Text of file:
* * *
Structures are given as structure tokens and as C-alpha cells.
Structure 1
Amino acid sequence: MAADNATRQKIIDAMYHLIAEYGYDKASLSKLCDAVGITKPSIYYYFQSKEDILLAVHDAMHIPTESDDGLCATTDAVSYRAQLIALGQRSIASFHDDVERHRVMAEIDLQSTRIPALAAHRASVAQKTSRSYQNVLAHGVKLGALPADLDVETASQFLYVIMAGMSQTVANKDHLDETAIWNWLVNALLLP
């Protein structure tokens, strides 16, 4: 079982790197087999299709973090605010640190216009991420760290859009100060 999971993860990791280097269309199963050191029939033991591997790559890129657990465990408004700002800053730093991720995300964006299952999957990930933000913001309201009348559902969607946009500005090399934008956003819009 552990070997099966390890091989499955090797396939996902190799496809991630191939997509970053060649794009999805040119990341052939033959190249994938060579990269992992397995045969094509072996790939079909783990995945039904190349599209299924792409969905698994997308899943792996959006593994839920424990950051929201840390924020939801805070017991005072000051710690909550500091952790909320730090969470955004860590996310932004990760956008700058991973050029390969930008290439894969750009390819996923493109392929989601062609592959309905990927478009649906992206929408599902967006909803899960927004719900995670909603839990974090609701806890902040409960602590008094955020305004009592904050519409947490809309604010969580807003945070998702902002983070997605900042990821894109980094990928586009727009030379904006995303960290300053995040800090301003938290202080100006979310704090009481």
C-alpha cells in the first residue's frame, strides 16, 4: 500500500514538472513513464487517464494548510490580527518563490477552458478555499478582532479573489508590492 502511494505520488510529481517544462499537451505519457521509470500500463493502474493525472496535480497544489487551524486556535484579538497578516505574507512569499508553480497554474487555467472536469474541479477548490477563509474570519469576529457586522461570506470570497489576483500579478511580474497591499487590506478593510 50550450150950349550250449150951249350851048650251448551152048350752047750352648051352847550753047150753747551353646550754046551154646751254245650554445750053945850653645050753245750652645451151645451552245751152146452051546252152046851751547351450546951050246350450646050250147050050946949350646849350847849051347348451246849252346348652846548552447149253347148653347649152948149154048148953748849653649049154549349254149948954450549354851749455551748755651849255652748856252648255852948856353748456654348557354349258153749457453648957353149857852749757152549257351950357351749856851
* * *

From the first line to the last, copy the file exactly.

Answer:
Structures are given as structure tokens and as C-alpha cells.
Structure 1
Amino acid sequence: MAADNATRQKIIDAMYHLIAEYGYDKASLSKLCDAVGITKPSIYYYFQSKEDILLAVHDAMHIPTESDDGLCATTDAVSYRAQLIALGQRSIASFHDDVERHRVMAEIDLQSTRIPALAAHRASVAQKTSRSYQNVLAHGVKLGALPADLDVETASQFLYVIMAGMSQTVANKDHLDETAIWNWLVNALLLP
């Protein structure tokens, strides 16, 4: 079982790197087999299709973090605010640190216009991420760290859009100060 999971993860990791280097269309199963050191029939033991591997790559890129657990465990408004700002800053730093991720995300964006299952999957990930933000913001309201009348559902969607946009500005090399934008956003819009 552990070997099966390890091989499955090797396939996902190799496809991630191939997509970053060649794009999805040119990341052939033959190249994938060579990269992992397995045969094509072996790939079909783990995945039904190349599209299924792409969905698994997308899943792996959006593994839920424990950051929201840390924020939801805070017991005072000051710690909550500091952790909320730090969470955004860590996310932004990760956008700058991973050029390969930008290439894969750009390819996923493109392929989601062609592959309905990927478009649906992206929408599902967006909803899960927004719900995670909603839990974090609701806890902040409960602590008094955020305004009592904050519409947490809309604010969580807003945070998702902002983070997605900042990821894109980094990928586009727009030379904006995303960290300053995040800090301003938290202080100006979310704090009481």
C-alpha cells in the first residue's frame, strides 16, 4: 500500500514538472513513464487517464494548510490580527518563490477552458478555499478582532479573489508590492 502511494505520488510529481517544462499537451505519457521509470500500463493502474493525472496535480497544489487551524486556535484579538497578516505574507512569499508553480497554474487555467472536469474541479477548490477563509474570519469576529457586522461570506470570497489576483500579478511580474497591499487590506478593510 50550450150950349550250449150951249350851048650251448551152048350752047750352648051352847550753047150753747551353646550754046551154646751254245650554445750053945850653645050753245750652645451151645451552245751152146452051546252152046851751547351450546951050246350450646050250147050050946949350646849350847849051347348451246849252346348652846548552447149253347148653347649152948149154048148953748849653649049154549349254149948954450549354851749455551748755651849255652748856252648255852948856353748456654348557354349258153749457453648957353149857852749757152549257351950357351749856851